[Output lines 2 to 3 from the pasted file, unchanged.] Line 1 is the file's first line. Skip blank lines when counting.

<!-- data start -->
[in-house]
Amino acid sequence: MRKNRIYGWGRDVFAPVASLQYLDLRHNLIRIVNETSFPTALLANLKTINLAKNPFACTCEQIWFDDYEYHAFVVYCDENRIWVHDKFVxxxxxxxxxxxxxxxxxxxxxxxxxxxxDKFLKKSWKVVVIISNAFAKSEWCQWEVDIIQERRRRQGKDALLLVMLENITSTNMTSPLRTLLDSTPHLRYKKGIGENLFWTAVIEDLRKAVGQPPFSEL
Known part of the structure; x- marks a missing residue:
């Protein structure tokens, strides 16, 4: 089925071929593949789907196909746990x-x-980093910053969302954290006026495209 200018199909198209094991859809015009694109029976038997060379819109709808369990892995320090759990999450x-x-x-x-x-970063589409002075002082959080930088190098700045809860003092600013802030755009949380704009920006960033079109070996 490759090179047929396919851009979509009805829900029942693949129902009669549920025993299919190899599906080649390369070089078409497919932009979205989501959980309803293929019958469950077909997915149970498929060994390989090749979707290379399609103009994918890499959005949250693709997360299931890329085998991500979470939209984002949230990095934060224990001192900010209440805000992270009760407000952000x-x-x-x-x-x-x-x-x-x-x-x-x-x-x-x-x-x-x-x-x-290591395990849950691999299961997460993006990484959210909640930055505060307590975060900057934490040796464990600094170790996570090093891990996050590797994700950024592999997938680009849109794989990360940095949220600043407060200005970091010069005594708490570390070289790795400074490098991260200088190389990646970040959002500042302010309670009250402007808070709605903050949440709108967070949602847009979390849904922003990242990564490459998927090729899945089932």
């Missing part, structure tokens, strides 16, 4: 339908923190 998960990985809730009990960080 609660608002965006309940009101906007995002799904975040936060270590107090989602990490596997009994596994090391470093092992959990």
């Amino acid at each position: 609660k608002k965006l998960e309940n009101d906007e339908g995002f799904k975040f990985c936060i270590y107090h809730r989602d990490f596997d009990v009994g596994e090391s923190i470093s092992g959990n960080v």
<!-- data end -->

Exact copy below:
Amino acid sequence: MRKNRIYGWGRDVFAPVASLQYLDLRHNLIRIVNETSFPTALLANLKTINLAKNPFACTCEQIWFDDYEYHAFVVYCDENRIWVHDKFVxxxxxxxxxxxxxxxxxxxxxxxxxxxxDKFLKKSWKVVVIISNAFAKSEWCQWEVDIIQERRRRQGKDALLLVMLENITSTNMTSPLRTLLDSTPHLRYKKGIGENLFWTAVIEDLRKAVGQPPFSEL
Known part of the structure; x- marks a missing residue: